For a start, Mr. Boehner and the Republican Party should listen to the estimated 22 million citizens who will gain health care coverage due to this legislation.

Once again, our great country has shown us that the people and our elected officials can rise above the lies and fear tactics of the extremists and do what is morally right and not just what is politically correct to gain their own re-election. God bless America and those who defend her from her enemies.

Ted Metzler




Baldacci did well by canceling new park fees


Congratulations to Gov. Baldacci for his decision to reverse park fees at Mackworth Island in Falmouth and Kettle Cove in Cape Elizabeth.

The state needs to deal with budget shortfalls; however, reaching into people’s pockets on the assumption that we all wear cargo pants is wrong. Gov. Percival Baxter did not leave Mackworth Island to the state to be used as a source of revenue.

When we accept a benefactor’s gift, we must honor that gift. Gov. Baxter left the island to the people of the state. The state demonstrates avoidance of tackling budget shortfalls when it continues to seek ways to generate more money from its people who are working hard to trim their personal budgets to make ends meet.

Maine has a wonderful quality of life, so let’s keep it that way. Thank you, Gov. Baldacci.

Anne Theriault



It’s bad form to bad-mouth how president throws pitches


In regards to Dennis Gervais’ April 13 letter: Who cares if the president pitches like a girl (and by saying that, he degrades his own daughter)?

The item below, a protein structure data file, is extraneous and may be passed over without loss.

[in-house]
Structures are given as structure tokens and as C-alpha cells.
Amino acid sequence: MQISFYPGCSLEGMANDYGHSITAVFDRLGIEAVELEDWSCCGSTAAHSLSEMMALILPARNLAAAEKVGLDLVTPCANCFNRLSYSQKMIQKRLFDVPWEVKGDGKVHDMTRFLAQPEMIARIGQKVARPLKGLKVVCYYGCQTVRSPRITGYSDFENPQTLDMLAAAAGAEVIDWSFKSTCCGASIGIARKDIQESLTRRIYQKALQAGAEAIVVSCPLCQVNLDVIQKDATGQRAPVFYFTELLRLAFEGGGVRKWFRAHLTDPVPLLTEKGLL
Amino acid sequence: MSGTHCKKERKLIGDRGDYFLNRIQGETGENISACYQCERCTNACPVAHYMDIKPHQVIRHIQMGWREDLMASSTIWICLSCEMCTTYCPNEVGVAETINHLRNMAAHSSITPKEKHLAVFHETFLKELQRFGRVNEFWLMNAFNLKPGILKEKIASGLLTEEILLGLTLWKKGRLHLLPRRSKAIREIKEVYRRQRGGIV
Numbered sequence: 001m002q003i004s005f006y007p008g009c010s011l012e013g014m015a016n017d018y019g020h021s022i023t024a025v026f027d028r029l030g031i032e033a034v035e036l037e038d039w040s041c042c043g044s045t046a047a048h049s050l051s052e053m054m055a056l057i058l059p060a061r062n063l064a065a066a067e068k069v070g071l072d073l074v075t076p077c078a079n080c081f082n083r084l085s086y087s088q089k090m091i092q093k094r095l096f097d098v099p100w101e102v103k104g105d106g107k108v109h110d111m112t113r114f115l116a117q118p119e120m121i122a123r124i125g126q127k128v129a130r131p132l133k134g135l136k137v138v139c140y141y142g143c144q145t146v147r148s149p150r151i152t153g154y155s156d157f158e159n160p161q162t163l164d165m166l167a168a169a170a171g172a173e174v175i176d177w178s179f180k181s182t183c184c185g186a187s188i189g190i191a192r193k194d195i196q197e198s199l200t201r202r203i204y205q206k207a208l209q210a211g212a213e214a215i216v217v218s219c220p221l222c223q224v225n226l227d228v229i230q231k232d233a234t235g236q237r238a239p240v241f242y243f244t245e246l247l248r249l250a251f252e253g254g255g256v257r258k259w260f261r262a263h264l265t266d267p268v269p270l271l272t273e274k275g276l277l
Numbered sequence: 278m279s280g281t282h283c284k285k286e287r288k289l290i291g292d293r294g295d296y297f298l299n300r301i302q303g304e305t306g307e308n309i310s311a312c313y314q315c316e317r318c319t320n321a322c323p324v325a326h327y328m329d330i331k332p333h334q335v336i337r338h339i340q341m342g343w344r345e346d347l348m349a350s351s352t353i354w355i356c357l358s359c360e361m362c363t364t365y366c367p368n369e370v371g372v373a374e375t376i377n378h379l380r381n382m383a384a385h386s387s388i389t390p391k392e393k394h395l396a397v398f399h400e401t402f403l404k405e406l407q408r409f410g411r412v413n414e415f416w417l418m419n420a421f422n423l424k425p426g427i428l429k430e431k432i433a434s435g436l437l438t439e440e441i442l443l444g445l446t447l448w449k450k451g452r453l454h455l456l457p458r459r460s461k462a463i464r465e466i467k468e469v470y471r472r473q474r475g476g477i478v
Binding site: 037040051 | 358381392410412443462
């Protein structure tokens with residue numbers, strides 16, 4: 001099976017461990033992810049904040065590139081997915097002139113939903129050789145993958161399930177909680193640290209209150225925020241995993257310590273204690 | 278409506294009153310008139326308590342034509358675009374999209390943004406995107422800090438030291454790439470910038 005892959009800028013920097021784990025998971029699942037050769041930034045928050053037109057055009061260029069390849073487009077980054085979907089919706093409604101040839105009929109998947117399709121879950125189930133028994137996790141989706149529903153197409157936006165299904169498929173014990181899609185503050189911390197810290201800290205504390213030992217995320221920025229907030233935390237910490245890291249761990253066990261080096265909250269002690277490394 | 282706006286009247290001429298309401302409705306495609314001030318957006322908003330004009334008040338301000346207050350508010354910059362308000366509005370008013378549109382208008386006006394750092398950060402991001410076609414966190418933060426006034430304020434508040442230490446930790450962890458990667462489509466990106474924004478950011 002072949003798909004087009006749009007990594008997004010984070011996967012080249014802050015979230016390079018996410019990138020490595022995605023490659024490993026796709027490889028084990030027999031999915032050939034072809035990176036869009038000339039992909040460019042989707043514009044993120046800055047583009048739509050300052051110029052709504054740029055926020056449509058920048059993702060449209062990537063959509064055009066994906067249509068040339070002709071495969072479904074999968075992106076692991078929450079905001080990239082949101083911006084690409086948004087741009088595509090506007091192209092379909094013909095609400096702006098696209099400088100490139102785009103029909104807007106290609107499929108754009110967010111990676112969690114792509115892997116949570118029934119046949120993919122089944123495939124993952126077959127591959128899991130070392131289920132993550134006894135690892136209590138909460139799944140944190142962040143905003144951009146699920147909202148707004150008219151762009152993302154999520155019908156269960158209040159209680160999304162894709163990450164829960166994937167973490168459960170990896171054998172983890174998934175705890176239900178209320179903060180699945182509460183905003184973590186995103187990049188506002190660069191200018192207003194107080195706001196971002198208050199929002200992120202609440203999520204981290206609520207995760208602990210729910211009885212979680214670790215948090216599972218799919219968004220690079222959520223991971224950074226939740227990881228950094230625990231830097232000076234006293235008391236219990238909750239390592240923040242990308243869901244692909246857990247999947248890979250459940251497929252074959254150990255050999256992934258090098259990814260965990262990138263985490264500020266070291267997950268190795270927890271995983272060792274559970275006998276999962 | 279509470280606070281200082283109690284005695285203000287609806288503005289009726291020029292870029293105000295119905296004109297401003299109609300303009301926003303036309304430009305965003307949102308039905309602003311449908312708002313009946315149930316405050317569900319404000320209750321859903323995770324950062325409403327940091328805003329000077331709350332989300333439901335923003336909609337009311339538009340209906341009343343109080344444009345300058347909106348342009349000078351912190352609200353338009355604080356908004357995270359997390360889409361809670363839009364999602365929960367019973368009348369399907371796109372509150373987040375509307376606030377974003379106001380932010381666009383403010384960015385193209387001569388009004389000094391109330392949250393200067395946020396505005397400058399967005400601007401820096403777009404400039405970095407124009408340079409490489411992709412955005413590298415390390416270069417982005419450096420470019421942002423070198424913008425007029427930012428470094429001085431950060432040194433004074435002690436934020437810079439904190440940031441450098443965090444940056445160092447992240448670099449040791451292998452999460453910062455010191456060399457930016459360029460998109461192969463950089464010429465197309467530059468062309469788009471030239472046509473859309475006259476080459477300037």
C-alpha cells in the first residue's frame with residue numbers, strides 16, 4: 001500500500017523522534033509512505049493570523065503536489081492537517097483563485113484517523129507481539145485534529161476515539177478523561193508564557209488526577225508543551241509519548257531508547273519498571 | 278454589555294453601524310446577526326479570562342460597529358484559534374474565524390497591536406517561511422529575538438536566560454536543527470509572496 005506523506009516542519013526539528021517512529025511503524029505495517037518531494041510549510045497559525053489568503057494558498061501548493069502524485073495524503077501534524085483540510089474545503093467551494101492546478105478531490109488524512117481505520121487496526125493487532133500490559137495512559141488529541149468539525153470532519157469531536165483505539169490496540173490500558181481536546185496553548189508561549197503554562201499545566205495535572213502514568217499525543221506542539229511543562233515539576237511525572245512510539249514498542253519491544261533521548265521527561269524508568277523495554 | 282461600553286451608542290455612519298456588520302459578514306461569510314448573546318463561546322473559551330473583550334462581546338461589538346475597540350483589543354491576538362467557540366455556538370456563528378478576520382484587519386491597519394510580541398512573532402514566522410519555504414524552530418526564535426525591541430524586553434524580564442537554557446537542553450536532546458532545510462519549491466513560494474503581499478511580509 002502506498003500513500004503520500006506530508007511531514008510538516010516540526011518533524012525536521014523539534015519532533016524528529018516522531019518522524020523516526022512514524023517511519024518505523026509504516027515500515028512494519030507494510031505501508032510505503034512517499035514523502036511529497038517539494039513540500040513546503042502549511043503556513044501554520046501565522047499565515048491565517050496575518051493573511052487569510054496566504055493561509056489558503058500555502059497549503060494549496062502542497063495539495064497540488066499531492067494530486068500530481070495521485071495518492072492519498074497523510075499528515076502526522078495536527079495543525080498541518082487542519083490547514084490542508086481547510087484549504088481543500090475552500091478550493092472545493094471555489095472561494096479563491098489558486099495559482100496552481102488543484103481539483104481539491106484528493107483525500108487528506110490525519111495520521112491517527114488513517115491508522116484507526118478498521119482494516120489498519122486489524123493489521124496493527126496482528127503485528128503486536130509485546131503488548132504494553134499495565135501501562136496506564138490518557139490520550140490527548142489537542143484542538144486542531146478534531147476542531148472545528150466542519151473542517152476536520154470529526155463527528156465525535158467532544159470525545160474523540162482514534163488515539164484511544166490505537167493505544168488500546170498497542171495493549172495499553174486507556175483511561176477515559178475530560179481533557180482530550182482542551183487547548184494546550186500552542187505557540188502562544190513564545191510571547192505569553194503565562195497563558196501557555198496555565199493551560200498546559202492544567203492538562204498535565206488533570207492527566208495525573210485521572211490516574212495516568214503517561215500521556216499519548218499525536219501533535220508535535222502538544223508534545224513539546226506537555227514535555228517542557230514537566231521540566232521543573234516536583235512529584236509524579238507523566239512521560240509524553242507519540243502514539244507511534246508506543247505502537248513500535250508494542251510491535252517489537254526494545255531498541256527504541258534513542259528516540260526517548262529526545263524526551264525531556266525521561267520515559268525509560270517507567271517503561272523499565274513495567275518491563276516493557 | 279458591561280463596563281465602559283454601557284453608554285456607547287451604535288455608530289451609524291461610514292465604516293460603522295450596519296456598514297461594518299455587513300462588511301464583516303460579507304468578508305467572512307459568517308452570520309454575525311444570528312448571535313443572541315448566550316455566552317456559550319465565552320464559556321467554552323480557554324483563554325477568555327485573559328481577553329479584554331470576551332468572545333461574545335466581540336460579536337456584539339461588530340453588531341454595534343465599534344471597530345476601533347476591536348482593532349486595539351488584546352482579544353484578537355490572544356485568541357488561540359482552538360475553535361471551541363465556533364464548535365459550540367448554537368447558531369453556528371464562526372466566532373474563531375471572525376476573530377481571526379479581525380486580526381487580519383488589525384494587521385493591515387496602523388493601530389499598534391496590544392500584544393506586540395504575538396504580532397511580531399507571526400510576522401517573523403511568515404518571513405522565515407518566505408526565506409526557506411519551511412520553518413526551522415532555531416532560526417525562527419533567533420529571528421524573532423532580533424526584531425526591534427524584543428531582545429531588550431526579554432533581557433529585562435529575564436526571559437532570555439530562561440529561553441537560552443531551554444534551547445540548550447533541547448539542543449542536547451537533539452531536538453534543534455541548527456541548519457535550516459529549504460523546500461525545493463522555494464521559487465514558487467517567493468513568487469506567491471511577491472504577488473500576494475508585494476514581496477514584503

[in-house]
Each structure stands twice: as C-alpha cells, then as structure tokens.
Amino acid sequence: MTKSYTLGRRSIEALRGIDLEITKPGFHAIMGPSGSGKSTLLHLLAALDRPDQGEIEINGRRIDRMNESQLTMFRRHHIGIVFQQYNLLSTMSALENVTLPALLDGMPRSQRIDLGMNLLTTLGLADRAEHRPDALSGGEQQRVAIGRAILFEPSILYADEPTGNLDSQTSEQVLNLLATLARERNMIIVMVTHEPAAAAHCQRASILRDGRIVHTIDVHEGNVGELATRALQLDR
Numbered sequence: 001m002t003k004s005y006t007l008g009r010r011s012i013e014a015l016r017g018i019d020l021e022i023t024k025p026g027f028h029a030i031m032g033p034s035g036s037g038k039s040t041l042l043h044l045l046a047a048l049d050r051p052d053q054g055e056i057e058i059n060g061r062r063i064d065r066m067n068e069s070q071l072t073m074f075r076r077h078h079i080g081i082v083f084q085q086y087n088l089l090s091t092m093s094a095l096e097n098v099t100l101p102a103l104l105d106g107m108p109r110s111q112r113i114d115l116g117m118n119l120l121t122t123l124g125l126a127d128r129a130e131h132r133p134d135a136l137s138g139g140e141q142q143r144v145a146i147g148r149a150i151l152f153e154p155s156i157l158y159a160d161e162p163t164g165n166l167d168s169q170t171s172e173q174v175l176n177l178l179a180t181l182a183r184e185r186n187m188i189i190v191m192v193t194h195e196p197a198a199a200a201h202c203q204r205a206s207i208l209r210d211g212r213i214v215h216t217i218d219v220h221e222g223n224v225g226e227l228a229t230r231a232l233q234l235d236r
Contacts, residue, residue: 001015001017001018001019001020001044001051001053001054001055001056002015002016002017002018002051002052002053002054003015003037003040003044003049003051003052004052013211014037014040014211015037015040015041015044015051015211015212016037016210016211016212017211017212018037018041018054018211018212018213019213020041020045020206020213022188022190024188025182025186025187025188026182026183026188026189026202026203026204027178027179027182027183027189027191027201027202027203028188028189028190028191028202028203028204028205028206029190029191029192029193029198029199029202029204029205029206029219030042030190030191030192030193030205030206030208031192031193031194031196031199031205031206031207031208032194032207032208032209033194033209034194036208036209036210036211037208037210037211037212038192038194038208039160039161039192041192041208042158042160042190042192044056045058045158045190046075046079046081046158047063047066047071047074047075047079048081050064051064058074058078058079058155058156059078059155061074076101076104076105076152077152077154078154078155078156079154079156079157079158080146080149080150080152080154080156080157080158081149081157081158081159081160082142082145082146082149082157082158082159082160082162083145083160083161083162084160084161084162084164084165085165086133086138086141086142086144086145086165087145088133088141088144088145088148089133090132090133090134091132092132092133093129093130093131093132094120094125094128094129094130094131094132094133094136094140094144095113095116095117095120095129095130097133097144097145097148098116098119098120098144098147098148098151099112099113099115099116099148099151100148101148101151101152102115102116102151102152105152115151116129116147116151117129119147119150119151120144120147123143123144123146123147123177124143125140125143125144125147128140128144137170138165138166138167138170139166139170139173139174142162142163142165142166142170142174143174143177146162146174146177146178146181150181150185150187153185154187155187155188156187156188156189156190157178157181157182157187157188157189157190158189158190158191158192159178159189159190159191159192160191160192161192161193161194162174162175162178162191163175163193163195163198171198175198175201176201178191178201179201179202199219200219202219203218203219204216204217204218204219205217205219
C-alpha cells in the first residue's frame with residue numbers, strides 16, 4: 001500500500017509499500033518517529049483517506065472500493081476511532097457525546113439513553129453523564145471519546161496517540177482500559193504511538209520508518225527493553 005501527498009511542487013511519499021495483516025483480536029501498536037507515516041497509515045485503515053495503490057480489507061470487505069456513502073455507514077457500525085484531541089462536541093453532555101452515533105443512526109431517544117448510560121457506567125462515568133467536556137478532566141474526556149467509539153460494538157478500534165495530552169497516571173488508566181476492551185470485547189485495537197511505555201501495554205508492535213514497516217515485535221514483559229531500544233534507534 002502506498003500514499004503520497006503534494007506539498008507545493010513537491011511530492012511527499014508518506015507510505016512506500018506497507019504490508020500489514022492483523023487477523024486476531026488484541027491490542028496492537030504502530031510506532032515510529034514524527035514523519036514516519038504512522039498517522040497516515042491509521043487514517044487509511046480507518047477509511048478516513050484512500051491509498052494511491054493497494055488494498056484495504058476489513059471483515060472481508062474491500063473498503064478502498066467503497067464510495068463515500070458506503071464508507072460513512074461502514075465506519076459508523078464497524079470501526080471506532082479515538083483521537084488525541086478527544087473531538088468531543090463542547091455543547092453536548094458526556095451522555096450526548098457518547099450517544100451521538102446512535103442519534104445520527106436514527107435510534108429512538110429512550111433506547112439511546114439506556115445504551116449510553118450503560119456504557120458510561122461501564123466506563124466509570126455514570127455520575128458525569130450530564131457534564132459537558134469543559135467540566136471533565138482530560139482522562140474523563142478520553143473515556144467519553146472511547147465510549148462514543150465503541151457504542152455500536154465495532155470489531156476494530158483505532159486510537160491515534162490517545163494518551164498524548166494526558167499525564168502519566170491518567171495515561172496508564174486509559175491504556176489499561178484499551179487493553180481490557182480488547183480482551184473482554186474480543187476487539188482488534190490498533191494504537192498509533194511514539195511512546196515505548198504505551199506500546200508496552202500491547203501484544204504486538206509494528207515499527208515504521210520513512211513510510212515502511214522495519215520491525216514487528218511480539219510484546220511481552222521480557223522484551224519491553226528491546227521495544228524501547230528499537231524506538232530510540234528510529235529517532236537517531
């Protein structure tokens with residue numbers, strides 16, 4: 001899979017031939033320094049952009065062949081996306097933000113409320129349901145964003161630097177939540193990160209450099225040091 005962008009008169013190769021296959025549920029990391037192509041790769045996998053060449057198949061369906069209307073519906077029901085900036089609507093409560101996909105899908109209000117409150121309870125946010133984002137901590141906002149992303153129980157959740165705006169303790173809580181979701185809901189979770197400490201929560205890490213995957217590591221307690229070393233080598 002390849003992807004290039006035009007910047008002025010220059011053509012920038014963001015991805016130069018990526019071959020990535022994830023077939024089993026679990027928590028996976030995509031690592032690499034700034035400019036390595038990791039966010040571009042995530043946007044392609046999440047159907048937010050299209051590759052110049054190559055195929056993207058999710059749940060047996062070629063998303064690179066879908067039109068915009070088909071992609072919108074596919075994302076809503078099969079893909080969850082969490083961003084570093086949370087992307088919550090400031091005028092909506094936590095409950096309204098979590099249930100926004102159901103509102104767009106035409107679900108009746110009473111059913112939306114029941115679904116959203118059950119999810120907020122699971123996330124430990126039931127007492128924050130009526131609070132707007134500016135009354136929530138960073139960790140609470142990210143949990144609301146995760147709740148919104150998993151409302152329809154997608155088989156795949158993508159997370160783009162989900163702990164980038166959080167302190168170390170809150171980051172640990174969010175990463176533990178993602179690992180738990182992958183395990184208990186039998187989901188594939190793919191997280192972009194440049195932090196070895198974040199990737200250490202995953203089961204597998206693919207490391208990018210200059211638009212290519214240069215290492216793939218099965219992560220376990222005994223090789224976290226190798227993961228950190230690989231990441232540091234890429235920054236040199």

Barack Obama is the president of the United States of America! If his athletic ability is the true test of his worth, maybe Mr. Gervais would like to set up a one-on-one basketball match with the president and himself (or his daughter/mother/wife/sister).

Better yet, let’s stop acting like kids and stand together behind our president. “Divided we fall,” remember?

Amanda Kruger



Middle America has no monopoly on discontent


Kathleen Parker’s April 6 column regarding the political climate of middle America, “Obamacare not going over well in Cantyville, where it needs to,” is touching but I think she misses the point.

While reinforcing a cultural divide by contrasting urban areas and the coasts against the middle of the country, she expresses the notion that Cantyvilleians do not think President Obama knows what he is doing.

I assume these folks do not have any idea what the Republicans are doing, either. Simply contrast John McCain’s recent post-reform oath of no cooperation with the initiation of health care reform, pending financial regulation, continuing economic initiatives, meaningful arms reduction and a commitment to finishing the job in Afghanistan. We need to hear more from Ms. Parker than this folksy general disenchantment of rural America. They have no patent on feeling disenfranchised.

Plenty of coastal urbanites are having a difficult and confusing time as well, but for us, acting now to solve problems is better than saying we’ll take our toys and go home till the next election.

Joe Delaney